10 Japanese Paradise Flycatcher in Shanghai

Japanese Paradise Flycatcher
Japanese Paradise Flycatcher Terpsiphone atrocaudata is the most numerous member of its genus to pass through Shanghai. Amur Paradise Flycatcher T. incei also passes through, but in smaller numbers. I found this individual, a male, in Microforest 2 (30.926138, 121.970795). Like most male paradise flycatchers on passage in Shanghai, it was missing its spectacular elongated tail feathers. For more on distinguishing Japanese and Amur Paradise Flycatcher, see Craig’s post ID Workshop: Paradise Flycatchers. (Craig Brelsford)

by Craig Brelsford
Founder, shanghaibirding.com

At Cape Nanhui and other area hotspots, veteran British birder Michael Grunwell, my wife Elaine Du, and I noted 71 species. Chief among them was Japanese Paradise Flycatcher Terpsiphone atrocaudata. We noted 10 on Sat., Sept. 17. Care must be taken to separate Japanese Paradise Flycatcher from Amur Paradise Flycatcher T. incei, which passes through Shanghai in smaller numbers. Male and female Japanese have a more extensive dark hood, extending almost to the belly, whereas that of Amur extends only to the upper breast. For more help distinguishing these species, see ID Workshop: Paradise Flycatchers.

Our team visited Cape Nanhui, the main birding hotspot in Shanghai, on the southeastern tip of Pudong; Lesser Yangshan Island; and the sod farm south of Pudong Airport (31.112586, 121.824742). At Nanhui we were joined by the crack high-school birding team of Larry Chen, Komatsu Yasuhiko, Chi Shu, and Andy Lee.

Other highlights:

White-winged Tern

We noted 2500 at Nanhui, by far the highest number of White-winged Tern that I have seen. They made quite a spectacle, fluttering like snowflakes over the reed beds.

Common Tern

Common Tern
One of the three Common Tern at a roost (30.920549, 121.963247) that contained Nordmann’s Greenshank. I massively overexposed the legs (inset) to reveal a hint of the red color, enough to clinch the ID of Common. (Komatsu Yasuhiko)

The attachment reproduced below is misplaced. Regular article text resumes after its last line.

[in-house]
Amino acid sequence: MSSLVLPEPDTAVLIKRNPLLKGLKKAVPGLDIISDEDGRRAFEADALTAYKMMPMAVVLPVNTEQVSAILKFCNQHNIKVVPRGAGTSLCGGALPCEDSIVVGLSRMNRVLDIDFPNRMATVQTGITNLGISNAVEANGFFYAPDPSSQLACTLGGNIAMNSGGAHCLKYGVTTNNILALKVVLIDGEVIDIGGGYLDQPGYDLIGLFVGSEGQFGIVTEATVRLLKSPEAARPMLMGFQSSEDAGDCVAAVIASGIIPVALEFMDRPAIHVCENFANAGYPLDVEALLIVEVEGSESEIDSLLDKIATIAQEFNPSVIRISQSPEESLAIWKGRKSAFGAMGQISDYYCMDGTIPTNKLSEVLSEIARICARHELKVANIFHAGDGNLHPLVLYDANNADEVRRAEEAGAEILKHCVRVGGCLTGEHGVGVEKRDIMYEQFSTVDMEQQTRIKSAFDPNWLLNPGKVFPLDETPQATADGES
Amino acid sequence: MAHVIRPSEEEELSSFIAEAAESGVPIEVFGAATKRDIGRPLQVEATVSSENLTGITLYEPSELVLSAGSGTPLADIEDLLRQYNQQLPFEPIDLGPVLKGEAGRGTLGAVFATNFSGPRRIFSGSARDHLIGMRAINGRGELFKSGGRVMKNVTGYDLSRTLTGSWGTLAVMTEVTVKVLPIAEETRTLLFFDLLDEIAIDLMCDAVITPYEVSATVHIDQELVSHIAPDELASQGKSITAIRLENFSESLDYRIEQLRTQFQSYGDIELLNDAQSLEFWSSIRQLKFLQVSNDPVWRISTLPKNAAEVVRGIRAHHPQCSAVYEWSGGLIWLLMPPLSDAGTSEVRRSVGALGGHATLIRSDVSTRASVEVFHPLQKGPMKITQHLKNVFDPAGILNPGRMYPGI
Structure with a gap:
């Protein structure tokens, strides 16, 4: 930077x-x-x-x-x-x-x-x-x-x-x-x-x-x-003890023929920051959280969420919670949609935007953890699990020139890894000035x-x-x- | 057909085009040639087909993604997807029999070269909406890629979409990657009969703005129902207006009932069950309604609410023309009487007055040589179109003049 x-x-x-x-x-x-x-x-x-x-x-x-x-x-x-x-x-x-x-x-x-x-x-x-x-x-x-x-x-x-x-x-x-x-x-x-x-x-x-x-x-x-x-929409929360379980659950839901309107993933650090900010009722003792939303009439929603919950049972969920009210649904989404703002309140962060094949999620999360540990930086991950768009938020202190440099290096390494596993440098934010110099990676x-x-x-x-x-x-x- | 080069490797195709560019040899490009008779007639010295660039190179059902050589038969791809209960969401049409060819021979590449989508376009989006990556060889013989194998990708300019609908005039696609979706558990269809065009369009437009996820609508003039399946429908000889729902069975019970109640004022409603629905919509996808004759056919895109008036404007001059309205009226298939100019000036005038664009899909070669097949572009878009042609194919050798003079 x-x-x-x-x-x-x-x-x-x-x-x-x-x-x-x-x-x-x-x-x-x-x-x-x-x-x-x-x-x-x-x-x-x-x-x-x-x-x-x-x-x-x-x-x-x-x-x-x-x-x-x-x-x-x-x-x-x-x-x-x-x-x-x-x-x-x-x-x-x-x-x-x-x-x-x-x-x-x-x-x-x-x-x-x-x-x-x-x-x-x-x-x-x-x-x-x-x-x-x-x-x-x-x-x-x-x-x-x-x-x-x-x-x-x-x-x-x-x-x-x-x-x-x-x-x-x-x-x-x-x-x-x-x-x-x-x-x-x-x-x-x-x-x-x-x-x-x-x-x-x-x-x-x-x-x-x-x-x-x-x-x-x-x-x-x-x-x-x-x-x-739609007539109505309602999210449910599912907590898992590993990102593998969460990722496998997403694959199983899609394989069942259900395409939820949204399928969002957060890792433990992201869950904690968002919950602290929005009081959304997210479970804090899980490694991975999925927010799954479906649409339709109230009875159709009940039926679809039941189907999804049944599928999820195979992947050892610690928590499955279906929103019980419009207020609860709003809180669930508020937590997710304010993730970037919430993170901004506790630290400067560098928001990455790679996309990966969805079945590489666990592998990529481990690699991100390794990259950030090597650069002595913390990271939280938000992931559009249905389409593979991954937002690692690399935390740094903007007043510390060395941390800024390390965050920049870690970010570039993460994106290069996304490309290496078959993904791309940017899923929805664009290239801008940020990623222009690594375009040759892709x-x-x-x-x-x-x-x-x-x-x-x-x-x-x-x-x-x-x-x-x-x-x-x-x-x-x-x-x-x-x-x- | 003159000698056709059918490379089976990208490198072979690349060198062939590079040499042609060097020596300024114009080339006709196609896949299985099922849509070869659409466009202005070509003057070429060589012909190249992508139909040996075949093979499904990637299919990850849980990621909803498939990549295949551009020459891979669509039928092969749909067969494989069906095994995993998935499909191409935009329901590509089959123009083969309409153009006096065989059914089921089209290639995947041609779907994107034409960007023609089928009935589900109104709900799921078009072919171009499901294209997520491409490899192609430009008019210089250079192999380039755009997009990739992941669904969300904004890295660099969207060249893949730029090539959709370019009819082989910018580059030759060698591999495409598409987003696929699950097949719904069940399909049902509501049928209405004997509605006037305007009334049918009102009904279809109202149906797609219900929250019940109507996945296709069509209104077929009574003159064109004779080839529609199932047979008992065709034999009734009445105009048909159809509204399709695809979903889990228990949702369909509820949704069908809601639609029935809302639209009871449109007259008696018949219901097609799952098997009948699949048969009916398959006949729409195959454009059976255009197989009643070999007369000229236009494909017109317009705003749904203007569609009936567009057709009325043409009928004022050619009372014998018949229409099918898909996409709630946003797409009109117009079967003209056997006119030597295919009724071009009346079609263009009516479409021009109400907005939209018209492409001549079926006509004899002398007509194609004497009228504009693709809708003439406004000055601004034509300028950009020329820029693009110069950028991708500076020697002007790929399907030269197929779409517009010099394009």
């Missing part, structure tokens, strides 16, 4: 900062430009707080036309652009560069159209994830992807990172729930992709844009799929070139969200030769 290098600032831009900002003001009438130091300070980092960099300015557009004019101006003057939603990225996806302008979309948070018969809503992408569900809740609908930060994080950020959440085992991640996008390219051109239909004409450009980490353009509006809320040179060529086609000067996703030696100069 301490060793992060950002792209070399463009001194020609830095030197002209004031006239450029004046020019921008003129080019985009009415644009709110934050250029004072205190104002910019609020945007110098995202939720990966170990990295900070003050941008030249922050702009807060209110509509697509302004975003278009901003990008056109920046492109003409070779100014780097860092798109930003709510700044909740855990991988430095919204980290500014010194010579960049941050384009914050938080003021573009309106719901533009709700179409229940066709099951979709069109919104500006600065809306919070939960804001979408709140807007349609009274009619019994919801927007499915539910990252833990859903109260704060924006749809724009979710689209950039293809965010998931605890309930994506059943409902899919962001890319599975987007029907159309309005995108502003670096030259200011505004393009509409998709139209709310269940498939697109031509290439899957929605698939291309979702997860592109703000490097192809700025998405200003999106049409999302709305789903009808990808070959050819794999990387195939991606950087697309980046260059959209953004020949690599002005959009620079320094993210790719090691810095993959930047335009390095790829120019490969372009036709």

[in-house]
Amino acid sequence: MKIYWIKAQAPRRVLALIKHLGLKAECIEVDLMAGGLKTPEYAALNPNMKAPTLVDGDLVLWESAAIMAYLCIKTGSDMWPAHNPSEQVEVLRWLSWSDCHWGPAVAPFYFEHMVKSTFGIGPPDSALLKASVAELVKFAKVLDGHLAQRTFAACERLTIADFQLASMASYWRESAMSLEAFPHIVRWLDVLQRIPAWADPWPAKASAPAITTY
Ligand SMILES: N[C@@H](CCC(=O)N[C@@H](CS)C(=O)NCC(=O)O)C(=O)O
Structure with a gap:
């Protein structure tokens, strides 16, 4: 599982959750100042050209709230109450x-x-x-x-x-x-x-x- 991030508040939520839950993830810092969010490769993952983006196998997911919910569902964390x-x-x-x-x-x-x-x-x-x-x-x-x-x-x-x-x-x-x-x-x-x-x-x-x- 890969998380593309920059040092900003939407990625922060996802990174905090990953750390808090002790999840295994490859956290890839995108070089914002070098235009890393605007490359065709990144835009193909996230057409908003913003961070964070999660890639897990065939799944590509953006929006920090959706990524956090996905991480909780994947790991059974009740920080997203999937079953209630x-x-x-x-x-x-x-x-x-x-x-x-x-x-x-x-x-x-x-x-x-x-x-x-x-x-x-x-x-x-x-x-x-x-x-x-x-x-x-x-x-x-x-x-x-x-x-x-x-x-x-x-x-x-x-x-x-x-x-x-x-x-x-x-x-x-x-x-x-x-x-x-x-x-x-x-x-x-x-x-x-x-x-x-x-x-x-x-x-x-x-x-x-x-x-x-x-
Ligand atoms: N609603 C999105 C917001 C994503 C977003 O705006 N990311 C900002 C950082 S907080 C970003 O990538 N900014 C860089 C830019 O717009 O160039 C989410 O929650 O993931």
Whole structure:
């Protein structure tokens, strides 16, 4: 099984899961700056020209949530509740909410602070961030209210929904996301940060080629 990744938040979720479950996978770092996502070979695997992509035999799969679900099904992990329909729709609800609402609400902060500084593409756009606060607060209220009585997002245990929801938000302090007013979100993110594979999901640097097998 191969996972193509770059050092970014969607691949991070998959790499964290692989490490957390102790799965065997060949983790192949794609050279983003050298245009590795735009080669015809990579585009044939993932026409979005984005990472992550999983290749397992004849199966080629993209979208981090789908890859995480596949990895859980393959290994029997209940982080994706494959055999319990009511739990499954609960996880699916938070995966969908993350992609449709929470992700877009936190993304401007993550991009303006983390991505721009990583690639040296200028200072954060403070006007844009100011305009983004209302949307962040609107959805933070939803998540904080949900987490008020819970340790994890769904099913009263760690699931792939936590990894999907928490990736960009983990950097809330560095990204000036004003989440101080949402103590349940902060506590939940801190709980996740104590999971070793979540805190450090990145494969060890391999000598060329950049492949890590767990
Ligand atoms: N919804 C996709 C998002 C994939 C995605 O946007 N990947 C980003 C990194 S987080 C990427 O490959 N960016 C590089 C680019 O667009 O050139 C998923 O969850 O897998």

Three at a dry roost (30.920549, 121.963247) at Cape Nanhui. Michael and I discussed whether Aleutian Tern, similar to Common Tern in winter plumage, passes through Shanghai and has been overlooked. Check for the red legs of Common; if the legs appear black, then keep investigating; you may have an Aleutian.

Ruddy Shelduck

Ruddy Shelduck is uncommon in Shanghai; I have recorded flocks at Chongming but had never seen the species at Nanhui. We saw a single Ruddy in the marshy agricultural land north of Luchao (芦潮; 30.851111, 121.848528).

Black-tailed Godwit, Bar-tailed Godwit, Great Knot, Red Knot, Grey-tailed Tattler

The godwits, knots, and tattlers were in the dry roost with Nordmann’s Greenshank.

Black-winged Cuckooshrike

The seven of us covered the microforests. Our teamwork paid off with a view of Black-winged Cuckooshrike, an uncommon passage migrant in Shanghai.

On Lesser Yangshan we found Oriental Dollarbird. Our final stop was the sod farm south of Pudong International Airport, where we found 4 Pacific Golden Plover and 200 Oriental Pratincole.
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Craig Brelsford

Craig Brelsford is the founder of shanghaibirding.com. Brelsford lived in Shanghai from 2007 to 2018. Now back home in Florida, Brelsford maintains close ties to the Shanghai birding community and continues his enthusiastic development of this website. When Brelsford departed China, he was the top-ranked eBirder in that country, having noted more than 930 species. Brelsford was also the top-ranked eBirder in Shanghai, with more than 320 species. Brelsford’s photos of birds have won various awards and been published in books and periodicals and on websites all over the world. Brelsford’s Photographic Field Guide to the Birds of China, published in its entirety on this website, is the most Shanghai-centric field guide ever written. Brelsford is a graduate of the University of Florida and earned a master's in business administration at the University of Liege, Belgium.

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